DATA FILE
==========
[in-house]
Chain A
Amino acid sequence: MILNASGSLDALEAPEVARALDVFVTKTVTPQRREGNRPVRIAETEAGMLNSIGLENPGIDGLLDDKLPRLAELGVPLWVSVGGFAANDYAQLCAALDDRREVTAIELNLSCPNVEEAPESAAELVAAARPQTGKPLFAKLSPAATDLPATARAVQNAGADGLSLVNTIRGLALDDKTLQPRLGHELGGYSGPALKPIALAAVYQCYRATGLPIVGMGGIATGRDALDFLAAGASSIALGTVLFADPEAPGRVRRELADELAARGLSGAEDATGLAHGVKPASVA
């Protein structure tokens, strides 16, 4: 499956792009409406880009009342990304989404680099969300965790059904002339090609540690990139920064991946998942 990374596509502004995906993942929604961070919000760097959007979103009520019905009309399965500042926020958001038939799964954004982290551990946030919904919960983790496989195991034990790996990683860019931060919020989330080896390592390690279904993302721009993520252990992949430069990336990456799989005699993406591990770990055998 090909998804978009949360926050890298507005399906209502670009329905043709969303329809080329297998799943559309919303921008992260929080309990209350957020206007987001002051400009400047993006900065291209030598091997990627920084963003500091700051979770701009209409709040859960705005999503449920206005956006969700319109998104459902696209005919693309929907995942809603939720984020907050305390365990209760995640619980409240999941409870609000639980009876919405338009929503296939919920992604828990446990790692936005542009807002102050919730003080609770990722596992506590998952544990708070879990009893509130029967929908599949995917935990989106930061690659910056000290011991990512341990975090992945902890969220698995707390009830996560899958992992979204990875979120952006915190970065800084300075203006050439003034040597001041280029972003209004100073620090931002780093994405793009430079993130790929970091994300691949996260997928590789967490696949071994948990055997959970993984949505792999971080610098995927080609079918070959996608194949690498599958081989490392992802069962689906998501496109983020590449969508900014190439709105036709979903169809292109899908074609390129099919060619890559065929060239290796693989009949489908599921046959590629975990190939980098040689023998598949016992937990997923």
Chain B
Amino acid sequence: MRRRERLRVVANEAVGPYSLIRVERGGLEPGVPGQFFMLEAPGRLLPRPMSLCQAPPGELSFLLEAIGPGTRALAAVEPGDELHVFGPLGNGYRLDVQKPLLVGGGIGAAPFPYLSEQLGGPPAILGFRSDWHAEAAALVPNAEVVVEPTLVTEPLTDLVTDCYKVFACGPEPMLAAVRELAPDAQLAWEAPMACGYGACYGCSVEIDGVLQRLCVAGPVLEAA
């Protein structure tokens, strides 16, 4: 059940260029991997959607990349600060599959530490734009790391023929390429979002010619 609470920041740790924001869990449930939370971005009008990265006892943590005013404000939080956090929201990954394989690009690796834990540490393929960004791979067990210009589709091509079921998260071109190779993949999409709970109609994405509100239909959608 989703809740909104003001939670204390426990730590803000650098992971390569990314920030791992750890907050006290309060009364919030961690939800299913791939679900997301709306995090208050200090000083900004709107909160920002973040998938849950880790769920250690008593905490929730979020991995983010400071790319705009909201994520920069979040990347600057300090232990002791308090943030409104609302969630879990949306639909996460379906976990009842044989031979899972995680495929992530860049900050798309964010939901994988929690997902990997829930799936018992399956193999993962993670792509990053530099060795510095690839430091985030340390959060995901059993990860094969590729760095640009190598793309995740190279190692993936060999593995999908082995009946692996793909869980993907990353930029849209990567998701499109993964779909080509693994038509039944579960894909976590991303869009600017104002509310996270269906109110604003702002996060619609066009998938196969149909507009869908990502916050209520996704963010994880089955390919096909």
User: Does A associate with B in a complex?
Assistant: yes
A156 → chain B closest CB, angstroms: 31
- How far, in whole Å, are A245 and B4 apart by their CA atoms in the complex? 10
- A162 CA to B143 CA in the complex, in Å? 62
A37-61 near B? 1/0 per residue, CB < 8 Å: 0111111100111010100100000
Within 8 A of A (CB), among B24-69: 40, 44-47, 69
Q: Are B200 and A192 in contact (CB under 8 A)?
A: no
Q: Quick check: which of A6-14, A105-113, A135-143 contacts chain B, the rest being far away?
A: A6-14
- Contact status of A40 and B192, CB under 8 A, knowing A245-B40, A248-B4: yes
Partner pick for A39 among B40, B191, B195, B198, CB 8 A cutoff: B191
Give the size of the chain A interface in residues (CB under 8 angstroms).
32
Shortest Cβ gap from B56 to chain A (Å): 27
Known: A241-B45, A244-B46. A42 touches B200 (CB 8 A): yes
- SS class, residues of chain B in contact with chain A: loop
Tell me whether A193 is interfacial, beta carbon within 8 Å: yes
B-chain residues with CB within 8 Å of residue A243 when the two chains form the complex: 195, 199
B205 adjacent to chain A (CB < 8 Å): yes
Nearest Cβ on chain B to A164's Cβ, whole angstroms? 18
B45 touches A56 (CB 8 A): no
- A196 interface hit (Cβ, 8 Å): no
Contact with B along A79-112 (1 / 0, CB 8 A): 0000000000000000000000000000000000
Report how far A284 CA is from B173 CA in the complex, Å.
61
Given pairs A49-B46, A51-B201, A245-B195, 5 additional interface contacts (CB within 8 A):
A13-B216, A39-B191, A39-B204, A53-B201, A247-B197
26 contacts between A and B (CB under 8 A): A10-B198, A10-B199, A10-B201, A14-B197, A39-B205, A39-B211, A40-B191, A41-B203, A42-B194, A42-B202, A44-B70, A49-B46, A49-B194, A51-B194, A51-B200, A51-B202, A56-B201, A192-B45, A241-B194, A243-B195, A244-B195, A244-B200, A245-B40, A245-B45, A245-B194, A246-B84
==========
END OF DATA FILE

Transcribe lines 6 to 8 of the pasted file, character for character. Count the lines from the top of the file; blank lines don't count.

Amino acid sequence: MRRRERLRVVANEAVGPYSLIRVERGGLEPGVPGQFFMLEAPGRLLPRPMSLCQAPPGELSFLLEAIGPGTRALAAVEPGDELHVFGPLGNGYRLDVQKPLLVGGGIGAAPFPYLSEQLGGPPAILGFRSDWHAEAAALVPNAEVVVEPTLVTEPLTDLVTDCYKVFACGPEPMLAAVRELAPDAQLAWEAPMACGYGACYGCSVEIDGVLQRLCVAGPVLEAA
């Protein structure tokens, strides 16, 4: 059940260029991997959607990349600060599959530490734009790391023929390429979002010619 609470920041740790924001869990449930939370971005009008990265006892943590005013404000939080956090929201990954394989690009690796834990540490393929960004791979067990210009589709091509079921998260071109190779993949999409709970109609994405509100239909959608 989703809740909104003001939670204390426990730590803000650098992971390569990314920030791992750890907050006290309060009364919030961690939800299913791939679900997301709306995090208050200090000083900004709107909160920002973040998938849950880790769920250690008593905490929730979020991995983010400071790319705009909201994520920069979040990347600057300090232990002791308090943030409104609302969630879990949306639909996460379906976990009842044989031979899972995680495929992530860049900050798309964010939901994988929690997902990997829930799936018992399956193999993962993670792509990053530099060795510095690839430091985030340390959060995901059993990860094969590729760095640009190598793309995740190279190692993936060999593995999908082995009946692996793909869980993907990353930029849209990567998701499109993964779909080509693994038509039944579960894909976590991303869009600017104002509310996270269906109110604003702002996060619609066009998938196969149909507009869908990502916050209520996704963010994880089955390919096909």
User: Does A associate with B in a complex?